By Amy Eley
Kyrie Vickers, 25, spends weekday afternoons playing with the 1-year-old boy she cares for in an Upper West Side apartment. Vickers and the boy play only blocks away from the apartment where a nanny allegedly killed two children last year.
“I think it’s affected me more than my employers, to be honest,” Vickers said. “To know that I’m in the same position that woman was in. I cannot imagine having that state of mind.”
Since nanny Yoselyn Ortega allegedly stabbed her two young charges to death on the Upper West Side last fall, parents throughout the city have been more anxious about childcare.
“The world is watching,” said Valerie Gerstein, a mother of two who runs a blog for families on the Upper West Side. “If something’s going to happen, it should be in this community.”
Ortega worked for Kevin and Marina Krim for two and a half years as a nanny, watching their three children, Lucia, Nessie and Leo. On Oct, 25, Marina came home to the family’s apartment at 57 W. 75th St. with Nessie to find her other two children dead and Ortega allegedly trying to commit suicide. Ortega survived and has since been charged with murdering the two children. She is awaiting her court hearing, scheduled for May 6.
The Jewish Community Center (JCC) is putting together a series of nanny support programs to help nannies with stresses related to the murders, their jobs and personal lives.
“As a community center, we realized we needed to create support programs for the caregivers,” Erica Werber said, the senior director of public relations at the JCC. “And make sure they know that they have access to resources if they ever needed help.”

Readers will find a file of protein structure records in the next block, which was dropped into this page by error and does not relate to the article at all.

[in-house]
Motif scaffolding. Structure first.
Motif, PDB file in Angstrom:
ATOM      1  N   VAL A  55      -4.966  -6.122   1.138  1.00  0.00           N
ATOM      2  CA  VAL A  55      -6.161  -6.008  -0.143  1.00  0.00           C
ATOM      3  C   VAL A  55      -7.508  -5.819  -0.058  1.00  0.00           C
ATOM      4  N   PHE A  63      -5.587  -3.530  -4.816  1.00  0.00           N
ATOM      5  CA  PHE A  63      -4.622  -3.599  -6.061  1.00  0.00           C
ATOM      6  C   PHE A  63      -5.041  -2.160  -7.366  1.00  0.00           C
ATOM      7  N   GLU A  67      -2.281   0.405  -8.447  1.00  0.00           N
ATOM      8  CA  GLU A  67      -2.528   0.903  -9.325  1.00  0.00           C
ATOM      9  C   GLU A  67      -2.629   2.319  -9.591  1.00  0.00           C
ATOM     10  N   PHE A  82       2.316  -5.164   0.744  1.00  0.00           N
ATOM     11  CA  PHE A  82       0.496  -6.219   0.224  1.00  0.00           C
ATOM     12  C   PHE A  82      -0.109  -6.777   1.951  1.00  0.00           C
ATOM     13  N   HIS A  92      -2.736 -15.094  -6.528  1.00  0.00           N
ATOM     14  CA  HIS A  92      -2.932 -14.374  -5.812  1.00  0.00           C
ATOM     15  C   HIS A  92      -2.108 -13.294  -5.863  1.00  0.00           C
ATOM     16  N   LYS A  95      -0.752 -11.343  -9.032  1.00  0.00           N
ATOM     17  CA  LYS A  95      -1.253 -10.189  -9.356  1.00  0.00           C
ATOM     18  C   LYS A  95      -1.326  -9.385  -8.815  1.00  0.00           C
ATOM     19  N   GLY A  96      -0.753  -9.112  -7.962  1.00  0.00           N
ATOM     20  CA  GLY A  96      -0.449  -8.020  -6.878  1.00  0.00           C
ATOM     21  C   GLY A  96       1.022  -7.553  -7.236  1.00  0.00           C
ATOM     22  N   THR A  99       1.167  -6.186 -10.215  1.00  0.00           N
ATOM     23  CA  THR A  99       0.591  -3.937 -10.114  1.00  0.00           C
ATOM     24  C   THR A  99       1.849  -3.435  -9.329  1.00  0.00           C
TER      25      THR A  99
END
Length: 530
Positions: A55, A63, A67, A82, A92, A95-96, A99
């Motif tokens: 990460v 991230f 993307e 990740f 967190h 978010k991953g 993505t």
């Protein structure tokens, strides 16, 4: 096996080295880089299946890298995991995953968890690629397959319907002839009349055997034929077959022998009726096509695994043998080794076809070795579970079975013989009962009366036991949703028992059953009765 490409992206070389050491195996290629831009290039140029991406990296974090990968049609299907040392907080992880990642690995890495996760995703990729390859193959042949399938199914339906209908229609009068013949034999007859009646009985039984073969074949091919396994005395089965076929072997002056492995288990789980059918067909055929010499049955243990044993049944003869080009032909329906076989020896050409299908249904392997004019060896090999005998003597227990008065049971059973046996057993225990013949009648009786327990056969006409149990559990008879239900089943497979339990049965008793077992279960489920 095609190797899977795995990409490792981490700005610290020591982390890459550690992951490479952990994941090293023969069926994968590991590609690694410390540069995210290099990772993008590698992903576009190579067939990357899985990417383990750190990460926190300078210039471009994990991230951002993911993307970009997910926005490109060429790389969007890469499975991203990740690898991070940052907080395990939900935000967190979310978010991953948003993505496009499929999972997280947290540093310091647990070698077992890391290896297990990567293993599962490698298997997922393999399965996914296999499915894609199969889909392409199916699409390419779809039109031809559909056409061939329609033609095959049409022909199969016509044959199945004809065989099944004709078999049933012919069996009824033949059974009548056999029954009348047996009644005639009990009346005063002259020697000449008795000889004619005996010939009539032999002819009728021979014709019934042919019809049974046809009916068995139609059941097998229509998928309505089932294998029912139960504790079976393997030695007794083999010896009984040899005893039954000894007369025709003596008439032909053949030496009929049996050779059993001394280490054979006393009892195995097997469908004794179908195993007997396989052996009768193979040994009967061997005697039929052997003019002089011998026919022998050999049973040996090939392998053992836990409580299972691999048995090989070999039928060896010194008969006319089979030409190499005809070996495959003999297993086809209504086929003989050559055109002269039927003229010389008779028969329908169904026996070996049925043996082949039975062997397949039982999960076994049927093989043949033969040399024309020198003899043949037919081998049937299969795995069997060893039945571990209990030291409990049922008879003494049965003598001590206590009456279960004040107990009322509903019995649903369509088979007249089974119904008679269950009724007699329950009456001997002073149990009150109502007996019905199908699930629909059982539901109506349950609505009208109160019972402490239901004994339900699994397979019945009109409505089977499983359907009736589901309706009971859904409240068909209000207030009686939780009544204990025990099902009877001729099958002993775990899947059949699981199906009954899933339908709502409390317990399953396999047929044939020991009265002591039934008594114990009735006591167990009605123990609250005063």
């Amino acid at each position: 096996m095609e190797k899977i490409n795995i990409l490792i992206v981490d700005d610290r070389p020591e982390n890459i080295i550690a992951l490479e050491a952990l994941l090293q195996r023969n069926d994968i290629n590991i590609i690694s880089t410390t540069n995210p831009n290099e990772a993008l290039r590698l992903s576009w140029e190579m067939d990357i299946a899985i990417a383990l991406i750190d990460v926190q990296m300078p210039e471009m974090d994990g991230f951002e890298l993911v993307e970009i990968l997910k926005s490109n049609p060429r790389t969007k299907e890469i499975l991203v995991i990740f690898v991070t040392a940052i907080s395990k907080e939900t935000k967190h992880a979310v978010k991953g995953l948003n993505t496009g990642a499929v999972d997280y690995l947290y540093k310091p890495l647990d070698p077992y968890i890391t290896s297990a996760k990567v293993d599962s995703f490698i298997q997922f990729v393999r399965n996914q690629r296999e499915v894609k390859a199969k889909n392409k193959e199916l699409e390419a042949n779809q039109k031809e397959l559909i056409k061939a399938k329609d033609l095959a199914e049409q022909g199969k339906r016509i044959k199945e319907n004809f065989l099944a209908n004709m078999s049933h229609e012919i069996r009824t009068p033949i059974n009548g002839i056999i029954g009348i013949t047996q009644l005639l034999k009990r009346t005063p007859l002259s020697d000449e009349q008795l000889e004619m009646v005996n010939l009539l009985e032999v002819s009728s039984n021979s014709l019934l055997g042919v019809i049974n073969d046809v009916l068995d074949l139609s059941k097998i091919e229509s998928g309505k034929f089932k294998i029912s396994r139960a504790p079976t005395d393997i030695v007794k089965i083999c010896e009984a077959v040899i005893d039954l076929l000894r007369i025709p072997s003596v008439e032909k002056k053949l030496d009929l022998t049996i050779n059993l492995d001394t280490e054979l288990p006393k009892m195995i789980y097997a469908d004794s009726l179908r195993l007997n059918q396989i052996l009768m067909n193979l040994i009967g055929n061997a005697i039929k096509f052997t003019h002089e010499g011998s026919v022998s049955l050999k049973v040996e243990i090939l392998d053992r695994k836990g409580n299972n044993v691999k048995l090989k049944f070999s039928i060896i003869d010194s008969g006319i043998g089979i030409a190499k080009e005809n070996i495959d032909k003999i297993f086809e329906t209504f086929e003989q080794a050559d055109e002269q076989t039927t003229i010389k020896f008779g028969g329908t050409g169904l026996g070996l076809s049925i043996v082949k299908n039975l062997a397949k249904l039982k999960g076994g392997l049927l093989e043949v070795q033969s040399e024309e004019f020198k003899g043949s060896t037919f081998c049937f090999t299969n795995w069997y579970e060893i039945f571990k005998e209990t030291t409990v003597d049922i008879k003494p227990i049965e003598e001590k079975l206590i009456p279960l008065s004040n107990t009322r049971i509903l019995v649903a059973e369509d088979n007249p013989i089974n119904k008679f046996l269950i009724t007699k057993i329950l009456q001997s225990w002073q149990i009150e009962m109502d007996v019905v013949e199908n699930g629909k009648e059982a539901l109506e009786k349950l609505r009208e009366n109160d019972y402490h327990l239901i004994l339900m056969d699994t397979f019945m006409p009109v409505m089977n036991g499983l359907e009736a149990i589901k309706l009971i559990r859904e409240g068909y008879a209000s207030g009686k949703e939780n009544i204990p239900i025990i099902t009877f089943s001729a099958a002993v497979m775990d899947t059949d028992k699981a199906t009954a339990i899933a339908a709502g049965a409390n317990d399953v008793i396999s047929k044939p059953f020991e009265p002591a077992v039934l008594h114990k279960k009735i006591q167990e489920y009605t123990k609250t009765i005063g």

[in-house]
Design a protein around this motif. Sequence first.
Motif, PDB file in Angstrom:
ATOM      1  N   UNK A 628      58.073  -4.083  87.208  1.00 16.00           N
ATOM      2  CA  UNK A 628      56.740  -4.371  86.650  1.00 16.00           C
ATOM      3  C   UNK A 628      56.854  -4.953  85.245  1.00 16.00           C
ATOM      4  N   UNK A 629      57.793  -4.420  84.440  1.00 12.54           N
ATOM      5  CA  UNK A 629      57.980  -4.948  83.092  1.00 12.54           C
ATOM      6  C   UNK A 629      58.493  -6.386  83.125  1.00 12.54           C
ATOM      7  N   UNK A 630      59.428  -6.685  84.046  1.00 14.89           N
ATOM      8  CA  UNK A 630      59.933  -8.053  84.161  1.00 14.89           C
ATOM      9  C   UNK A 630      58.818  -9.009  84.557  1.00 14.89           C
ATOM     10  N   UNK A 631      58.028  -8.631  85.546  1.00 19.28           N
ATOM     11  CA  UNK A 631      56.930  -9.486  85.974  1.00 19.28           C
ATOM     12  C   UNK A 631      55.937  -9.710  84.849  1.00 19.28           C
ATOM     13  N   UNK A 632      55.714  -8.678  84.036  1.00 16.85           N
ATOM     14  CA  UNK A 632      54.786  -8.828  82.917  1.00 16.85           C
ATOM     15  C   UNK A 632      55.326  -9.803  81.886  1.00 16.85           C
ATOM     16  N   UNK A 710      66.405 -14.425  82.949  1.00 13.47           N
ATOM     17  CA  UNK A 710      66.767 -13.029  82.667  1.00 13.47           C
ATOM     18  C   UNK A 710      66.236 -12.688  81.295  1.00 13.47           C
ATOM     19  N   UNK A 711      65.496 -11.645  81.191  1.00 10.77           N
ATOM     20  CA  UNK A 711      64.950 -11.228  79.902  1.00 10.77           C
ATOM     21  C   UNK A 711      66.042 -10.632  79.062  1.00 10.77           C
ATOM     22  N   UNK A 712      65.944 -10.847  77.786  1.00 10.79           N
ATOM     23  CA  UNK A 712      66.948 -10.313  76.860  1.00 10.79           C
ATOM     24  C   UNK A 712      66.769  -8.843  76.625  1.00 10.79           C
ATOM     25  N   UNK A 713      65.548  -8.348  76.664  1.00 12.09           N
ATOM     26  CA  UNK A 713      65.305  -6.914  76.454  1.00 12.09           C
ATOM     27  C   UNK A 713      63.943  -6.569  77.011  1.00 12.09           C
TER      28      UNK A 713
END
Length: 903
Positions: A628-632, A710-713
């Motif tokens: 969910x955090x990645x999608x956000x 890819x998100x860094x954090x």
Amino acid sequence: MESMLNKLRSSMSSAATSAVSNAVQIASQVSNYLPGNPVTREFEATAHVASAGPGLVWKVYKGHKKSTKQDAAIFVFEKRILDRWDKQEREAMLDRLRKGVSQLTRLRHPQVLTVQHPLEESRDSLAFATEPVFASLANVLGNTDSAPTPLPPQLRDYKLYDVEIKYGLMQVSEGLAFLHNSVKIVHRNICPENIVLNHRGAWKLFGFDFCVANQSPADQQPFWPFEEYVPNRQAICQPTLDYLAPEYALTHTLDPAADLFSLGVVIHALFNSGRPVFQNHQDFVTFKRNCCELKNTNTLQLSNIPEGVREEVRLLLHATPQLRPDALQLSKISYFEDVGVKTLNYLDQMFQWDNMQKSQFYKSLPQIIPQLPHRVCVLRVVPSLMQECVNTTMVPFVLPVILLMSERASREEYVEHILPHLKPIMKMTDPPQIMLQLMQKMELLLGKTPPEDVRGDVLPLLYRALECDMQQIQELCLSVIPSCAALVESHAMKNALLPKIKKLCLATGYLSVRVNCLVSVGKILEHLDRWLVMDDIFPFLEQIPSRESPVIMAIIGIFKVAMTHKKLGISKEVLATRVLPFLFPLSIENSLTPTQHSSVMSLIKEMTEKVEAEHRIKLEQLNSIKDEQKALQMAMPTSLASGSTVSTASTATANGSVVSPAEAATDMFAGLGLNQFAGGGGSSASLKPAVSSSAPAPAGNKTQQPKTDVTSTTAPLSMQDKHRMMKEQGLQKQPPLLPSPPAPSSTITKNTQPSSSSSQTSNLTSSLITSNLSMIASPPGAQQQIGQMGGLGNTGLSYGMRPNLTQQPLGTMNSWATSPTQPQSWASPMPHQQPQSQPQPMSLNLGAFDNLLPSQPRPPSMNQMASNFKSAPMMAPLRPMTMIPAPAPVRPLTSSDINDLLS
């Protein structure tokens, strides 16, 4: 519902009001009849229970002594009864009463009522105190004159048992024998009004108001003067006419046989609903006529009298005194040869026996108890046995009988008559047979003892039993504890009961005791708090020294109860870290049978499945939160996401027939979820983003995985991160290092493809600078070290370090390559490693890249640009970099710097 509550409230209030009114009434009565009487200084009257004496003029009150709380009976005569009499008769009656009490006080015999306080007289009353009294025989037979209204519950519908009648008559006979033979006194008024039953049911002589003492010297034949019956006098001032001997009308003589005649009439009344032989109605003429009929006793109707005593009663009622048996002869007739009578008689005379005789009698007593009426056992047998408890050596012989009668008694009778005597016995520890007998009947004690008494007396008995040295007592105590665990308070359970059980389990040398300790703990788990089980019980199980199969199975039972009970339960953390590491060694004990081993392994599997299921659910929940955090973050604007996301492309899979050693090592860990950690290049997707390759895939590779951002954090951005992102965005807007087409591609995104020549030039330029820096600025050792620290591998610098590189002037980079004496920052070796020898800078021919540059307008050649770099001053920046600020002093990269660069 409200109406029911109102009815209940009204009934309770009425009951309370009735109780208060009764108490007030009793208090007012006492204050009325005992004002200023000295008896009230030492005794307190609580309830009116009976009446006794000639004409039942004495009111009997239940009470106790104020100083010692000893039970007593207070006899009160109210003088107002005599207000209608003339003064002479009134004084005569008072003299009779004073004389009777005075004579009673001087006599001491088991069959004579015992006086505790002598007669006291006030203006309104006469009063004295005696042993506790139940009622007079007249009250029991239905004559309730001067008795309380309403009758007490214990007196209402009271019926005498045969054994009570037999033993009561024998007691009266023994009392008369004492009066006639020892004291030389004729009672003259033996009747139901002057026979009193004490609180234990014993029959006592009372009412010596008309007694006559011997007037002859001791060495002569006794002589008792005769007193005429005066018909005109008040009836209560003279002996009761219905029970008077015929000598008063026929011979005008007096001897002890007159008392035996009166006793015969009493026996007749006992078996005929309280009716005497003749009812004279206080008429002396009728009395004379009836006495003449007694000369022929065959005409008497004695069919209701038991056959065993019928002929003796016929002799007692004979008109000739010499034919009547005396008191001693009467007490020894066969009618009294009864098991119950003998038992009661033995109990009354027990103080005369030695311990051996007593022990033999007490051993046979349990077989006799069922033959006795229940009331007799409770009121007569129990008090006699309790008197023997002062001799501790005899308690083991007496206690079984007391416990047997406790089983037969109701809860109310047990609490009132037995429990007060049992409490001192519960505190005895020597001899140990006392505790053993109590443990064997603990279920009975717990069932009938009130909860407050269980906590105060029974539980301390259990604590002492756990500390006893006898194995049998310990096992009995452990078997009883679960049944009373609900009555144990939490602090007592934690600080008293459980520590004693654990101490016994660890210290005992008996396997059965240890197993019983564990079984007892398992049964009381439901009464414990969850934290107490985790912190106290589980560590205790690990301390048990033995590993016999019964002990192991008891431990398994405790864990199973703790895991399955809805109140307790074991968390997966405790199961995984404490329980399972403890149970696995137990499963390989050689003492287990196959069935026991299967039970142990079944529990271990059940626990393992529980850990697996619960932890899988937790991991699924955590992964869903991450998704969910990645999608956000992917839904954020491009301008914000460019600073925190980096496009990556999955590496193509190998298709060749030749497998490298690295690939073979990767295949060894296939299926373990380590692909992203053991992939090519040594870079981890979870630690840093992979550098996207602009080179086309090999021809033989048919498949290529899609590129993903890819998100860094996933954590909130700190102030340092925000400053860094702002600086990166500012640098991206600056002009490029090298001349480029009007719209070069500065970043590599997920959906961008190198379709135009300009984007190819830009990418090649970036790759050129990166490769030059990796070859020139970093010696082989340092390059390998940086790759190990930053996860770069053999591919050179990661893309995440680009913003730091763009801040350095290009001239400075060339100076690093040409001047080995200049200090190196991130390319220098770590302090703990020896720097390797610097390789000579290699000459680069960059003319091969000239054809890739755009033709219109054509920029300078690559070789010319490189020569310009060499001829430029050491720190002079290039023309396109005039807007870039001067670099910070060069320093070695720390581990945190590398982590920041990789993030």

The first class is a “Caregiver Chat” with Jean Schreiber, an early childhood educational consultant. The class is open for any nanny and is meant to serve as a support group where caregivers can discuss various aspects of the job, including ways to communicate with employers, positive discipline for children and more.
Schreiber oversees several programs at the JCC for parents, but after the Krim murders she recognized the need for nanny support.
“Caregivers are a huge part of the community here,” she said. “We are focused on them as people.”
For nannies like Kyrie Vickers, these programs come as a welcome relief. In the months since the murders, Vickers feels like parents have been scrutinizing nannies.
Jenna Crandall, a mother of three, agrees that nannies have been watched more closely. Crandall encourages other mothers to use hidden nanny cameras in the home and has asked friends to watch how her nanny interacts with Crandall’s kids at the park.
“She didn’t know they were my friends but they would look out and watch,” Crandall said. “It makes you second guess your own nanny and what could happen.”
One Upper East Side mother, who asked her name be withheld, decided to put her child in daycare rather and leave her alone at home with a nanny. “I interviewed nannies but never felt comfortable,” she said.
Nanny agencies throughout the city have been helping soothe parents’ anxieties since the Krim murders. Joan Friedman, co-owner of A Choice Nanny, remembers one mother in particular who expressed nervousness over the decision to hire a nanny.
“She said, “I know this is a silly question, but in light of the tragedy, I just want to hear again what you do,”” said Friedman.
Vanessa Wauchope, founder and president of nanny agency Sensible Sitters, oversees one family that makes home visits to their nanny routinely to maintain a pulse on her personal life.
“They really want to know what’s going on,” said Wauchope. “In a situation where someone is being brought into your home, parents want to go that extra mile.”
For Blake Levine, this meant running her own background checks on nanny applicants for her two-year-old daughter.
“Some people do hire background investigators,” she said. “There’s no way to prevent what happened to the Krim family other than trying to find the best people. You hope that will suffice.”
Trackback from your site.